I was 26, wandering around aimlessly without much motivation, was in a dead-end (receptionist) job, and partying a little too much for someone four years removed from college.  I wasn't in great shape, I maybe ran a couple of miles a couple of times a week and maybe jumped on the elliptical every now and then.  The gym was definitely on the winning end of my membership package.  But when I was in college, desperately trying to fight the freshman 15, struggling with self-image, and running 3 miles a day religiously, I had always been intrigued with the idea of one day doing a triathlon.  So I pulled it out of my purse later that day and read it.

Five years later and I'm still swimming, biking, and running.  Without knowing it, I think I began my triathlon journey to (re)find myself.  But the person I found was stronger, so so so much stronger than I ever knew.  Triathlon has become the norm for me, although often to my social life's detriment; it can be an incredibly selfish sport--you hear all the time about "ironman widows" who have lost their partners to ironman training.  Even if you're not sacrificing time with loved ones, spending that much time doing something that in the long run doesn't benefit others is a rather selfish endeavor.  So I try to do charity rides, fundraisers, and coaching for Team in Training (it's amazing how things can come full circle), and I hope to one day start a training program with inner-city kids.  Through all this, I don't know if I'll ever be able to articulate all the things that triathlon and everything and everyone associated with it has given back to me.

Successes are great; setting a new PR or racing a new (longer) distance is an amazing feeling.  But, I've learned as much, or more, in my failures.  When you're fifty miles into a century ride and realize you haven't taken enough calories or water in, you have no choice but to struggle through and claw your way home.  Talking myself down from the brink of tears on multiple occasions, getting back on the bike, and finishing has taught me that I can do things my brain tells me I can't.  5:00 am swims on four hours of sleep, scorching hot runs and rides, racing under-trained, racing over-trained, have all taught me how to be smarter next time, and more importantly to remember that it's not always about shaving five minutes off your race time.  Sometimes it's the simple fact that this is something we choose to do, a choice that most people across the globe, for many reasons, don't have.

Watching the sun rise over a lake, the morning of a race, is the most centering, calming experience I've ever had; this feeling alone might be enough to keep me coming back, but I know there is so much more.  I'm sure one day my priorities will shift and I'll step back from racing, but what an amazing ride it's been, and will continue to be, and I'm so thankful that I had the choice and made it.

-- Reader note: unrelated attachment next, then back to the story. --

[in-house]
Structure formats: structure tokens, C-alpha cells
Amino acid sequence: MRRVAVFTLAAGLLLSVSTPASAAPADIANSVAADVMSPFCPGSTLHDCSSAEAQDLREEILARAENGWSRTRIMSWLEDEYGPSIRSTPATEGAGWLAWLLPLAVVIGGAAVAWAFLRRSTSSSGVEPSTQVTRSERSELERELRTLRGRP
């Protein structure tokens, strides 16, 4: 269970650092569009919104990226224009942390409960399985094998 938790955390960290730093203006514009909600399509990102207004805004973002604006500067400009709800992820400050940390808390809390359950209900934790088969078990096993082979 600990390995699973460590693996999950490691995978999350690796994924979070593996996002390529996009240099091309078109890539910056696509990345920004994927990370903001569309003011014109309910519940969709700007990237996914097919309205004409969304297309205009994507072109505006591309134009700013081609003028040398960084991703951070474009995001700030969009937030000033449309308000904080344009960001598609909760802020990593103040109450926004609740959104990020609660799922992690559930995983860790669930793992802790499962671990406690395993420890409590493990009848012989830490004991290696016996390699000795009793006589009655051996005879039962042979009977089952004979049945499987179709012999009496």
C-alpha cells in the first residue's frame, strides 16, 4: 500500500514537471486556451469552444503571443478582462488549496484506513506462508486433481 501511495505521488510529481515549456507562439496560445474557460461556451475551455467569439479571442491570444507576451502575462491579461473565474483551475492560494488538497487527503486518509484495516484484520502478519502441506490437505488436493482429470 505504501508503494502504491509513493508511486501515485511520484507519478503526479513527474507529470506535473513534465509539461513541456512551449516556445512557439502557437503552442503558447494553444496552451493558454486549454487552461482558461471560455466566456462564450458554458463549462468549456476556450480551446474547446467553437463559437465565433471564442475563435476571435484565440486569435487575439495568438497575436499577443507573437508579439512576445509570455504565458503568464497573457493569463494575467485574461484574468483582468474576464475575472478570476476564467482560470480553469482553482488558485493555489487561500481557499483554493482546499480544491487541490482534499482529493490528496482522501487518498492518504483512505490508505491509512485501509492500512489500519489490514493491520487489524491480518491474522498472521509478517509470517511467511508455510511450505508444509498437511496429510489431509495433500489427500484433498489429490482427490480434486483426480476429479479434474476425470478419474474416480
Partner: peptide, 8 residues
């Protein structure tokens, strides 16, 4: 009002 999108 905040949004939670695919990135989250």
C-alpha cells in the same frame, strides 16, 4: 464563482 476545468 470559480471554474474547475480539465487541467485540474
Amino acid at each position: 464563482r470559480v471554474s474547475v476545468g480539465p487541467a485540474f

Monday, July 12, 2010


A friend of mine posted this link earlier, and in an effort to avoid work for a few more minutes, I started short, the post is telling other guys to man up and, assuming they are dating the right girl, to do the right thing and ask for her hand in marriage.  It wasn't really the marriage thing that caught my eye (all things in good time, right?), it was the whole idea that threw me into a spiral of thought/emotion/reflection:

"The reason we ask for her hand is marriage is because you can’t bullshit a bullshitter. When you’re sitting across the table from a woman’s father, he knows you, he knows your tricks, and he’s been you. Asking for a hand in marriage is the ultimate litmus test of predator vs. good man, worthy of my daughter vs. worthy of my Remington, husband vs. con-man."

I was raised to be a feminist, a strong woman, an I-can-take-care-of-myself-thank-you-very-much girl.  And so I'm conflicted by my feelings.  Because having someone ask my father for my hand in marriage?  Yeah, I want that.  Having my dad walk me down the aisle?  That, too, but not because he would be giving me away to another man like a piece of property, but because I was daddy's little girl and I want him to be there for one of the most important days of my life.  I don't have a choice in the matter, so maybe that makes me want it more; maybe that's why I don't feel like having someone ask him for my hand and having him give me away flies in the face of everything feminist.  Maybe simply making that choice is what would make it less sexist.  But I don't have the choice.

In this small way, I drew the short straw.  In general, I'll shrug off the inevitable "I'm sorries" that follow when I tell someone my dad died when I was 14.  I shrug them off because I'm a lucky person and I've never doubted that.  I had 14 years with an amazing father who had a huge hand in making me the person that I am today.  There are plenty of people who aren't that fortunate.  But there are times when there is just no denying that it's just plain unfair.

What I can choose is whether or not to wallow in self-pity, or try to do something in my father's honor.  I choose the latter.